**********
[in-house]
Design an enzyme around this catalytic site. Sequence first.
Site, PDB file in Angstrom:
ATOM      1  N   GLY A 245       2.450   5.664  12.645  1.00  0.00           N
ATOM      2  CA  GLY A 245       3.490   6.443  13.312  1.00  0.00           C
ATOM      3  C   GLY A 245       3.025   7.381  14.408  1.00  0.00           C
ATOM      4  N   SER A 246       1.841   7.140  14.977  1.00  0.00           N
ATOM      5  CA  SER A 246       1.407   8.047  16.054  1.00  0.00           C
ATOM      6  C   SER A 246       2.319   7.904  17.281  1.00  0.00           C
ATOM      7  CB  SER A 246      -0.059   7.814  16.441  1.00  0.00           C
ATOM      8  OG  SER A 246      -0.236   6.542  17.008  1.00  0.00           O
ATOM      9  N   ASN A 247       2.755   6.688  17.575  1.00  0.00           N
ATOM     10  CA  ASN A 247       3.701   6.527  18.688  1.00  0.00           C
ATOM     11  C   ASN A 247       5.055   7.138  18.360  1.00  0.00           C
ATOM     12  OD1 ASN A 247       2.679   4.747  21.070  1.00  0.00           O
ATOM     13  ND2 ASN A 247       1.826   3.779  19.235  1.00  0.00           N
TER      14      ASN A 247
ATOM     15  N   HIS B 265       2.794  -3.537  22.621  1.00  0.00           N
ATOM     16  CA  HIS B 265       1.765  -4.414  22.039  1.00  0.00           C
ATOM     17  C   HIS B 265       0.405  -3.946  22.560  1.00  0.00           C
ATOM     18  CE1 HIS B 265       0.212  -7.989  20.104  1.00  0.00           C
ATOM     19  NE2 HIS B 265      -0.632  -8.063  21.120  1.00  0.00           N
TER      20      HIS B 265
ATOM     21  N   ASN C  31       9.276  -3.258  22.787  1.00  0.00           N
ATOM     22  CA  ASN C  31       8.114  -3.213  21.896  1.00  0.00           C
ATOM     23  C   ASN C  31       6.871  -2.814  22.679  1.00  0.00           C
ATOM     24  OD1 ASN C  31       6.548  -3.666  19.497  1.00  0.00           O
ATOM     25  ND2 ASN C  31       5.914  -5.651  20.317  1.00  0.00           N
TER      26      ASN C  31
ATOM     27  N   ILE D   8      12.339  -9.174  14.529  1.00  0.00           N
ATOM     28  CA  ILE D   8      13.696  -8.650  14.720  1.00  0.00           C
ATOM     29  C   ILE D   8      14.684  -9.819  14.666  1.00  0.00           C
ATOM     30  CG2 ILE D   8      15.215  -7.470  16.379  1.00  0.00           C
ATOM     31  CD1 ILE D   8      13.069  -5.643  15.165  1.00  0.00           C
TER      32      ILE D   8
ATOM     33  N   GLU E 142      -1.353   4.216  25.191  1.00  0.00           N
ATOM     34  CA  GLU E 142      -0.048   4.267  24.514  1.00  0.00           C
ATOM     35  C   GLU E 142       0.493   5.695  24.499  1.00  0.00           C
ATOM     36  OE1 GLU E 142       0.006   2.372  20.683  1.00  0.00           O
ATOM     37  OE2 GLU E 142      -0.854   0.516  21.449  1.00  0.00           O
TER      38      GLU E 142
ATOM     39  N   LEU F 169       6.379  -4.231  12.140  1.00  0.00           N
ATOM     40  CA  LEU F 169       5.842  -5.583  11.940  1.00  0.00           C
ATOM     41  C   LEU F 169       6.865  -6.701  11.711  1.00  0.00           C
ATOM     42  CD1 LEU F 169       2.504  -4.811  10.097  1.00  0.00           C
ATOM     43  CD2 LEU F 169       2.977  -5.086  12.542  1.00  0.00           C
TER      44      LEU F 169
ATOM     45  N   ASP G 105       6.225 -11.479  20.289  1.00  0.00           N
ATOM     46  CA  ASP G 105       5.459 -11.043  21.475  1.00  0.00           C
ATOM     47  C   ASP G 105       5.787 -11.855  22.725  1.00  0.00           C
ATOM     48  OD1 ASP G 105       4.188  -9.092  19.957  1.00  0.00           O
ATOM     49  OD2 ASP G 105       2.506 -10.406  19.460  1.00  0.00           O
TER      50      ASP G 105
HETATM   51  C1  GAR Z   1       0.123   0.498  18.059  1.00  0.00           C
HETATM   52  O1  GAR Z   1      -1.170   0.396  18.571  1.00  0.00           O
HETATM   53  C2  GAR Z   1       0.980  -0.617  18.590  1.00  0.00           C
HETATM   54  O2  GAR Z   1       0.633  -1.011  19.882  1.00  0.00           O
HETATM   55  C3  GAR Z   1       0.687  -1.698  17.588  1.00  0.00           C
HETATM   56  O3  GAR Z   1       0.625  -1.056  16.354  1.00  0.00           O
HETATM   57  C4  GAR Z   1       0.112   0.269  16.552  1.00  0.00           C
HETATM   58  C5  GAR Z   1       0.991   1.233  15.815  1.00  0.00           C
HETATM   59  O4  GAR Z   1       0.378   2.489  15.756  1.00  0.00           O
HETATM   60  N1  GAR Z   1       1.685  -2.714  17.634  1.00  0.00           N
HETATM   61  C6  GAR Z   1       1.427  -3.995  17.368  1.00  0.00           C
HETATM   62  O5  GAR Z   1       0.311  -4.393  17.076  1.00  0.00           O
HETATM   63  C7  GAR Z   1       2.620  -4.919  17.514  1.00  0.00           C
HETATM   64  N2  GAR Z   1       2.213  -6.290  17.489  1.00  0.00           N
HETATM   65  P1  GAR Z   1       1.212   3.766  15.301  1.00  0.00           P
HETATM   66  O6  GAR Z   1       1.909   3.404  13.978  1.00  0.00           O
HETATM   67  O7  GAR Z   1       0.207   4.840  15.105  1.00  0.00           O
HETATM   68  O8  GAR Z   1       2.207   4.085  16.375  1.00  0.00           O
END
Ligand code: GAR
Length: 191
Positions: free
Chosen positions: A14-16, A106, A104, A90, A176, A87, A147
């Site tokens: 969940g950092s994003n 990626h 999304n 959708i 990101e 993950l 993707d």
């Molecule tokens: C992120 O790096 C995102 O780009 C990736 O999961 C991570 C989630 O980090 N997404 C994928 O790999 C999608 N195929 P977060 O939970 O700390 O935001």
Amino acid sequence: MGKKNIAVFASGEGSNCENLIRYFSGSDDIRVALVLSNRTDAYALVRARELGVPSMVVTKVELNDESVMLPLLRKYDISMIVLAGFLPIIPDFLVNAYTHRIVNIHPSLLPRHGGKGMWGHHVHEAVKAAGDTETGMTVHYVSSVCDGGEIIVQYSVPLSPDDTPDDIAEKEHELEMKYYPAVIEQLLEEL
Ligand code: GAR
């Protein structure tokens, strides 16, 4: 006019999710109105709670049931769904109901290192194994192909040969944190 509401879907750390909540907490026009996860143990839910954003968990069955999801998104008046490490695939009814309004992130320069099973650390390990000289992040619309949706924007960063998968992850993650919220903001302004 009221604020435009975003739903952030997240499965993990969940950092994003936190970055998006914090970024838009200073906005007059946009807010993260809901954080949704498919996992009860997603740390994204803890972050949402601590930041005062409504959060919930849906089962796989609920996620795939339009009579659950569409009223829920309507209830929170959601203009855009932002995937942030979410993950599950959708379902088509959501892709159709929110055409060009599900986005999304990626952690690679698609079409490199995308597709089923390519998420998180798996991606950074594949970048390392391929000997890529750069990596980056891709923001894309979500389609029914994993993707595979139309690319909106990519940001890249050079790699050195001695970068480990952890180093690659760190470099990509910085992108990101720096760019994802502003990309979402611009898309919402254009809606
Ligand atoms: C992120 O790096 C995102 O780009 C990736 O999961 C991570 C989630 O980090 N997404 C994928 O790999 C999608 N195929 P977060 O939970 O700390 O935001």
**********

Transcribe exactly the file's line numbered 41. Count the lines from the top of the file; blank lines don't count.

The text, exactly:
TER      38      GLU E 142